President Muhammadu Buhari is not in an enviable position right now. Just a year ago, Nigerians were chanting “FeBuhari” and piling their mountains of soteriological expectations on him. In about six weeks, it would be one year since he won the presidential election and if anything, Nigeria has proved tougher than what body language, or mere force of the President’s much touted incorruptible personality, can successfully heal.
For a man who became President by surfing on the wave of democratic discontent lunged at his opponent, it was clear from the start to any perspicacious observer that his administration would be weighed down by the burden of proof: to show the crowd of fawning admirers, supporters and believers that he was in charge, that their truth in him was not misplaced, and that he was indeed winning the war against bad governance.
One way to do this was to ramp up mundane government activity and milk it of its highest propaganda value.
I have been an adult citizen for a while but I cannot recall any other government that ecstatically wallows in pornography of propaganda like this present one. Everywhere one turns in Nigeria these days, it seems there is a loud raucous noise of government officials emoting over the President’s successes in the past months, a pesky din aimed at drowning dissension, reason and well-meaning criticisms.
In the past few weeks, in a bid to share testimonies of government magic, we have been treated to exaggerated claims of government efficacy, larded with what the late Ola Rotimi would have referred to as “terminological inexactitudes.”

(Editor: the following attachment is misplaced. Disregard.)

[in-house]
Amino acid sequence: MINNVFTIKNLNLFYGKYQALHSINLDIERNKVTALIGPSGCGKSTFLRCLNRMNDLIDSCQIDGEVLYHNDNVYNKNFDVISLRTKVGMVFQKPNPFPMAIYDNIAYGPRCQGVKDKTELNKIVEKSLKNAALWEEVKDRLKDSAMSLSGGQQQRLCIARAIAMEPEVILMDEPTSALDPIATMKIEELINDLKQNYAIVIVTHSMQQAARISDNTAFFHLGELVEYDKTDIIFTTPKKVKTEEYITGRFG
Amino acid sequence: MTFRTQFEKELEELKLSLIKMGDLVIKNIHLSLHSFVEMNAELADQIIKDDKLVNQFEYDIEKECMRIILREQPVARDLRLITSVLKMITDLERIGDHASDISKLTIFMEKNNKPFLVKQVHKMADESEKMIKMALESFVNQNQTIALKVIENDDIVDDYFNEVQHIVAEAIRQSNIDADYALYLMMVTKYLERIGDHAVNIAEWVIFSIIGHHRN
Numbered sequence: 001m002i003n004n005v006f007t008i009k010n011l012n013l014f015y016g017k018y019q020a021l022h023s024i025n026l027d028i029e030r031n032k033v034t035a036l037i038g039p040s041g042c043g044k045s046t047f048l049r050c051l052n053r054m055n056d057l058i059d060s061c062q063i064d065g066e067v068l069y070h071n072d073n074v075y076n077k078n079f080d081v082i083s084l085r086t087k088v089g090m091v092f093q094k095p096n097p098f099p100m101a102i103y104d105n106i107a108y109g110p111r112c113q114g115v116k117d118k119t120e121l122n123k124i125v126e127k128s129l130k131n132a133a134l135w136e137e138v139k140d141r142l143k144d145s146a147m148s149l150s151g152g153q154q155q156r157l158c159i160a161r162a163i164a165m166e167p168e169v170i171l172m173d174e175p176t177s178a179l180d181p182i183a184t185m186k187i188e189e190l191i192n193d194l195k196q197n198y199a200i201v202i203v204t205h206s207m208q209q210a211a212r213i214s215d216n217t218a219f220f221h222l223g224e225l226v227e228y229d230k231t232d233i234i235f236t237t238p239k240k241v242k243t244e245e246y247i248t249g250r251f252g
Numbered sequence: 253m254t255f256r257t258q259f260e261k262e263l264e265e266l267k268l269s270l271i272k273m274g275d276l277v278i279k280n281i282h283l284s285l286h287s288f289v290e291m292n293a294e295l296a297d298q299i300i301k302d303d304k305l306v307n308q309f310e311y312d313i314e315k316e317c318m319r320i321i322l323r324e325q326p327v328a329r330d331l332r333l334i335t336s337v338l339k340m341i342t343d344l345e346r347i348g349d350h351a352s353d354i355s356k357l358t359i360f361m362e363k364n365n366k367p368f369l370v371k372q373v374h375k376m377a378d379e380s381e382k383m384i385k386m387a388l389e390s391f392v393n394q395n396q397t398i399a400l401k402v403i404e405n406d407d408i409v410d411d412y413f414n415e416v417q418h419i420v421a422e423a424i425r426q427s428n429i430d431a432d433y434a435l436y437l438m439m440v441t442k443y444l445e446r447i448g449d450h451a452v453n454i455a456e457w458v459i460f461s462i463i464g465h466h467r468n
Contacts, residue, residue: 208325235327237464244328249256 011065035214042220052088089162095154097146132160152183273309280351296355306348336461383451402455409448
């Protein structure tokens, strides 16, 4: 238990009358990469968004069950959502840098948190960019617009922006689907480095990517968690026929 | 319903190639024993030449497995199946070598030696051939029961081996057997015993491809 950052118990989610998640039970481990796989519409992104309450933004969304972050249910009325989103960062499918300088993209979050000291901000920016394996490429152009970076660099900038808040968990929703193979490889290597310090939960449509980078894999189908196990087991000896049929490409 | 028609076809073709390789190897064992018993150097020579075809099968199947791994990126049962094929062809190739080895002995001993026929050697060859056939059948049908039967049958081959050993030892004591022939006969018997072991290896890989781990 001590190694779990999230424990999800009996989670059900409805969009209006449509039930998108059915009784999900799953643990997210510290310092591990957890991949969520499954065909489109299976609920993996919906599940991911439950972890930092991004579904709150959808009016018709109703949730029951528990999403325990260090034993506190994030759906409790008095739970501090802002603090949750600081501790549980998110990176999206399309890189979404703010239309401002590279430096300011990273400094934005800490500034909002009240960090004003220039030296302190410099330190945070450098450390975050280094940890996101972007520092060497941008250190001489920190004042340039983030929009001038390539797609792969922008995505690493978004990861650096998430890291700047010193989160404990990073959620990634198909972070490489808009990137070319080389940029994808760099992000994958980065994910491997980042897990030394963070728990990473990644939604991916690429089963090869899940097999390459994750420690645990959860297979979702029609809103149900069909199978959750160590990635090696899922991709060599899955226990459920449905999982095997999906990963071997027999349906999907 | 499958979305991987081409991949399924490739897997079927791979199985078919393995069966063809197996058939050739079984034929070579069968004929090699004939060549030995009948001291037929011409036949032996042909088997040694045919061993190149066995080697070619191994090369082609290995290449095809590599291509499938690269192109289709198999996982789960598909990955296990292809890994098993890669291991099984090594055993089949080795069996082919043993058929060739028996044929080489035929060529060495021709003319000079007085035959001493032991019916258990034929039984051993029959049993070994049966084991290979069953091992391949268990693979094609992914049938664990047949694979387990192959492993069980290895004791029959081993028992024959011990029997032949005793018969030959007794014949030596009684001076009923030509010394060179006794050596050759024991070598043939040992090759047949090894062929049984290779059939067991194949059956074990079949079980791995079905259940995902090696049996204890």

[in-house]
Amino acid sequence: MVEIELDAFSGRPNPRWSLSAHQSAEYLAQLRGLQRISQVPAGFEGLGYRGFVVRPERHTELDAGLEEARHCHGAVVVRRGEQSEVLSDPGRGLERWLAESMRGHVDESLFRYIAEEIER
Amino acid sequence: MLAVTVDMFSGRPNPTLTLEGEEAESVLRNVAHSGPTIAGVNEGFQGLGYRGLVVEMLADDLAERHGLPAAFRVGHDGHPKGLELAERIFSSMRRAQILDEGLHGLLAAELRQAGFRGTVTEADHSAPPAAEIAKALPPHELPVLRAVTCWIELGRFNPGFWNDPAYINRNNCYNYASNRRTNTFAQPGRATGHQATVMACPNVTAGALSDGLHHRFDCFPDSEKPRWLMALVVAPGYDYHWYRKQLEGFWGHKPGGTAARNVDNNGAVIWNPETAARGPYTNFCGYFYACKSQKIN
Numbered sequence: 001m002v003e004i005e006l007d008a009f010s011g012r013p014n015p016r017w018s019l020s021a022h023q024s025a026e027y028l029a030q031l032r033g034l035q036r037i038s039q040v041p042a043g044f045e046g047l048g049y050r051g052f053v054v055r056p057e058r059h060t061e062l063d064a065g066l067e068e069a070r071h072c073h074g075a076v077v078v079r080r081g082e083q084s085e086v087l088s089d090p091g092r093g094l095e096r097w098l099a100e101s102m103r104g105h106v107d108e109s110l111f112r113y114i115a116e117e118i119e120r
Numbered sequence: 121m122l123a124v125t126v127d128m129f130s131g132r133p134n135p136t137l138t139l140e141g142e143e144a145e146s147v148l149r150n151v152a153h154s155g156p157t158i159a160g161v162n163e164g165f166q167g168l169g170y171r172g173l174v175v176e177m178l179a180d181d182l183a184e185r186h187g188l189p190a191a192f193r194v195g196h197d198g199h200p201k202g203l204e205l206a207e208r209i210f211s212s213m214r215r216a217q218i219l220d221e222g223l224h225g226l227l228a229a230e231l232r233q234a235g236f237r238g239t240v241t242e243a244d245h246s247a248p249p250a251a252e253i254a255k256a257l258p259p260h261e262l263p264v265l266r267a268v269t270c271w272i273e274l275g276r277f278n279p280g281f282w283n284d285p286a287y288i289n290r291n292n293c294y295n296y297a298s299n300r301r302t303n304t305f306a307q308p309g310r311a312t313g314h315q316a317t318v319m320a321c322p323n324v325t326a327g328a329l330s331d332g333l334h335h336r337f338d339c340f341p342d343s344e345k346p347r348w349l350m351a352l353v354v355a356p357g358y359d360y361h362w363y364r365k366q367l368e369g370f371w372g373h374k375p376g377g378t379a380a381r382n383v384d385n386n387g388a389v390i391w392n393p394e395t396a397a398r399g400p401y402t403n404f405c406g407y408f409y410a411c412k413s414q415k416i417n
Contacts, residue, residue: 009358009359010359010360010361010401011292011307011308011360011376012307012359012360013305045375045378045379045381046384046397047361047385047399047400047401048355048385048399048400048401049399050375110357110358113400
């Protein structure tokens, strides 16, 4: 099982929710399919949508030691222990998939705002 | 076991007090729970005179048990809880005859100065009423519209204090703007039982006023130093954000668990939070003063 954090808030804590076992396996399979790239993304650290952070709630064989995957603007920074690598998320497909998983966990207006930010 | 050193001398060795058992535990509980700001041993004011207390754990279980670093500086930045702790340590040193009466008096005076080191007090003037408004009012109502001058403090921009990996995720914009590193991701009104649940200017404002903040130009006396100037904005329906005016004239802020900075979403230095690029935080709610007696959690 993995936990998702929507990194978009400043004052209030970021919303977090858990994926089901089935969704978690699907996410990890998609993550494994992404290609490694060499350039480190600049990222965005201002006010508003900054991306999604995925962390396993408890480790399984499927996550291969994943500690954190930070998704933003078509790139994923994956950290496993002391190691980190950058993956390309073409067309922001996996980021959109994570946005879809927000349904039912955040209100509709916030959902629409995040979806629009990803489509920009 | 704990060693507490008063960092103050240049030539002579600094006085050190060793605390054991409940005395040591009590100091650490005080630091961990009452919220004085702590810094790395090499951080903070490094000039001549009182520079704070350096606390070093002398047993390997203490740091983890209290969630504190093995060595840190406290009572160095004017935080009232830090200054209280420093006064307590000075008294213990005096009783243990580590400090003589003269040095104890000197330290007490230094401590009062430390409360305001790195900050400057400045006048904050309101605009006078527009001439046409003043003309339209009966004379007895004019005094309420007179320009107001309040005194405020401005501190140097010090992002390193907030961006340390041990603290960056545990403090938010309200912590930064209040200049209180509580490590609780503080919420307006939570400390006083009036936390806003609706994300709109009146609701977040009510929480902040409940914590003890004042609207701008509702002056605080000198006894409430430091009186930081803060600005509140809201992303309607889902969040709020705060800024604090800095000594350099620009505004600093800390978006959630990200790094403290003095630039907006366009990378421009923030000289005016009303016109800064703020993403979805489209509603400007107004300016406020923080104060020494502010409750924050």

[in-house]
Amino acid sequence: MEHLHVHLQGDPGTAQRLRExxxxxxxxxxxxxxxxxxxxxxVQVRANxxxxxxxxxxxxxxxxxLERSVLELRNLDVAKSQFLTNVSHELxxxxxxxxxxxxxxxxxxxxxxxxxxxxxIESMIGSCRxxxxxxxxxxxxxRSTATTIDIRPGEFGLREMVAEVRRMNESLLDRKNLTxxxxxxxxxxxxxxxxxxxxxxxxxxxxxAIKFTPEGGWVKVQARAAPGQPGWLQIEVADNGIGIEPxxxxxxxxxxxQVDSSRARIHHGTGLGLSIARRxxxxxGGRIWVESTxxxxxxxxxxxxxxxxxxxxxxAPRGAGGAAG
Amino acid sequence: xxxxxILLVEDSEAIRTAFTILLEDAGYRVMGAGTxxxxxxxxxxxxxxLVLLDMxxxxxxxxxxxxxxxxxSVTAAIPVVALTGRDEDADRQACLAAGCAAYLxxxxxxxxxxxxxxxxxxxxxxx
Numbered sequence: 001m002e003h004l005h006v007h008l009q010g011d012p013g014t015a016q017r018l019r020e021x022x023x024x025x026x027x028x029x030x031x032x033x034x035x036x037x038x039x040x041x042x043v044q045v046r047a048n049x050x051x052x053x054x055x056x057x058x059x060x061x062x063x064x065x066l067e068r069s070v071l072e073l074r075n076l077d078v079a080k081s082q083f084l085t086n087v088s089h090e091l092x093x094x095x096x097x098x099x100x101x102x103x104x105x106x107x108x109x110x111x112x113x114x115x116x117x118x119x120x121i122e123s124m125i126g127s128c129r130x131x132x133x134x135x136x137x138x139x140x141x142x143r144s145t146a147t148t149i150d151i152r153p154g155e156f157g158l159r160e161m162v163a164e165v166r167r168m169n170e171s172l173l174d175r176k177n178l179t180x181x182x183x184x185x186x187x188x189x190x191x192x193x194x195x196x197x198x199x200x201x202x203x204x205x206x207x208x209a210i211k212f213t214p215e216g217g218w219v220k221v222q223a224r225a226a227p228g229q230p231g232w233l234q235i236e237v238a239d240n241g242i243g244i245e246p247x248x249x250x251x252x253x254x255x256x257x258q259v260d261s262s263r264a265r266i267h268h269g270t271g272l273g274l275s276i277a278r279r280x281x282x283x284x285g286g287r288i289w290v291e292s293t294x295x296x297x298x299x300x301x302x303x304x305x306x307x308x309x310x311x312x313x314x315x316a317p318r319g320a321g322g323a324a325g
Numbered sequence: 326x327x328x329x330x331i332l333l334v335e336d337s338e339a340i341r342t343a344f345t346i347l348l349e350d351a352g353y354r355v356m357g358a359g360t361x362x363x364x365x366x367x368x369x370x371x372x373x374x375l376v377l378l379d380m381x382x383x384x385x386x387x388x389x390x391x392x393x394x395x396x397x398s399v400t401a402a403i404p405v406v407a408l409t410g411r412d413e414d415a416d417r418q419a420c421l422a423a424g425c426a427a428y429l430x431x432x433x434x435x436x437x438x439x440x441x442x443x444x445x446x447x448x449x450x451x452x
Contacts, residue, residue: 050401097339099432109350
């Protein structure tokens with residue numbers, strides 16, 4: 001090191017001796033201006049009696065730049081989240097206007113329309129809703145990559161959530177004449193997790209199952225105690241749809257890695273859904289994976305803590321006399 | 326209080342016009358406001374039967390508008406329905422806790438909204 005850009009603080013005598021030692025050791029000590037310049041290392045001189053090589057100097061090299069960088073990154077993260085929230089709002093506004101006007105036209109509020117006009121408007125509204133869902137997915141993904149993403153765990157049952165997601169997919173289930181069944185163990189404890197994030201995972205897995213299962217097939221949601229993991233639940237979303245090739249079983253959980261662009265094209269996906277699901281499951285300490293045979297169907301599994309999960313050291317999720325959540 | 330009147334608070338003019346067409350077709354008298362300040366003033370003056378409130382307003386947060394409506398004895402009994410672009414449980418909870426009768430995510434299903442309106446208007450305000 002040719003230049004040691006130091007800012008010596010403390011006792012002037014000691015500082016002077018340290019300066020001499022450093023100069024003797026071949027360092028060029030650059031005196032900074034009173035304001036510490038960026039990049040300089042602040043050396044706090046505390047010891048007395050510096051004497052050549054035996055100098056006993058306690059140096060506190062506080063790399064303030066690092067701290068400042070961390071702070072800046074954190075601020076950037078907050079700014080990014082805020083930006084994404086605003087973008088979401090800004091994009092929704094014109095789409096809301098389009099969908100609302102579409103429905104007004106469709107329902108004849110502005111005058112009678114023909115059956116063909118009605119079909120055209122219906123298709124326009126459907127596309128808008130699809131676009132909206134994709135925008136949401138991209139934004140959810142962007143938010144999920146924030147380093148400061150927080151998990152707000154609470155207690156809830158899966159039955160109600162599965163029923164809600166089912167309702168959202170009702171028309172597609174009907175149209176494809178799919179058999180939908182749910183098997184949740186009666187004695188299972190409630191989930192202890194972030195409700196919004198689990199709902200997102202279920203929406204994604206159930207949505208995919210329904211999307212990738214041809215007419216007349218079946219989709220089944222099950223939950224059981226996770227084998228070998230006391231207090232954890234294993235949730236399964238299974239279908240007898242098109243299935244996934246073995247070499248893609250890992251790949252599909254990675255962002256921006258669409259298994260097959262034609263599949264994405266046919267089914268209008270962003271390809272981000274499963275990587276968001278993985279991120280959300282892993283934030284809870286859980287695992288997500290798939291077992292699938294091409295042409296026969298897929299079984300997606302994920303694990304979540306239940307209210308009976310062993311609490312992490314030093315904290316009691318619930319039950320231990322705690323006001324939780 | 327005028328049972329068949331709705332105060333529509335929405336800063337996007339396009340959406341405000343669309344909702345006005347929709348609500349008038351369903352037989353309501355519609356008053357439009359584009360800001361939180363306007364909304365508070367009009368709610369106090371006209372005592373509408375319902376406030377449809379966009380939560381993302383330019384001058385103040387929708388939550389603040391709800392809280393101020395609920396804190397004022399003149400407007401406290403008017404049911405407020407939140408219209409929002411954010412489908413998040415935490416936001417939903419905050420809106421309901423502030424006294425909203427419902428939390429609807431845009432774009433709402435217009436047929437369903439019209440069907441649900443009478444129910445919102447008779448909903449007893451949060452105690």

One example is the claim that the government has saved a whopping N2.2tn in three months, a feat owing to the Treasury Single Account initiative. Let me acknowledge that all governments in the world routinely lie to their citizens but the nature of the lie, and the depth of thought that enshrouds it, shows the level of respect they have for the citizens. I will not dismiss the N2.2tn story as an outright lie but consider the remote possibility that the truth exists somewhere but only as a thin film of truth that is being overstretched to the point of illogicality.
How does a country that can barely pay salaries save so much in such a short time and yet nothing still changes in her fortunes? Did they mean they save some existing money from being spent or that sum is the amount that could have been wasted if they had not been so diligent? How does this government begin to even convince us that it saved the nation such exorbitant amount when her 2016 budget is replete with errors, duplications and frauds so massive that reading through the items analysed by various media made one tremble in shame at the outright lack of attentiveness that was invested into its preparations? How can you be so grossly incompetent in one aspect and then claim you are opposite in another?
For a President who embodied the image of military discipline and asceticism, this budget deconstructs and demystifies him. From the way the budget was presented and withdrawn amidst lies and denials, a lot has been going wrong suggesting poor administrative capability. Buhari owes Nigerians an explanation and an apology for the inferior effort that went into this budget preparation. Rather than outsource the blame, he should take responsibility for it. In a sane society, whole heads of department would be tendering their resignation by now. One is tempted to ask how Nigeria got to this level but then, has our national existence not been characterised by such slipshoddiness?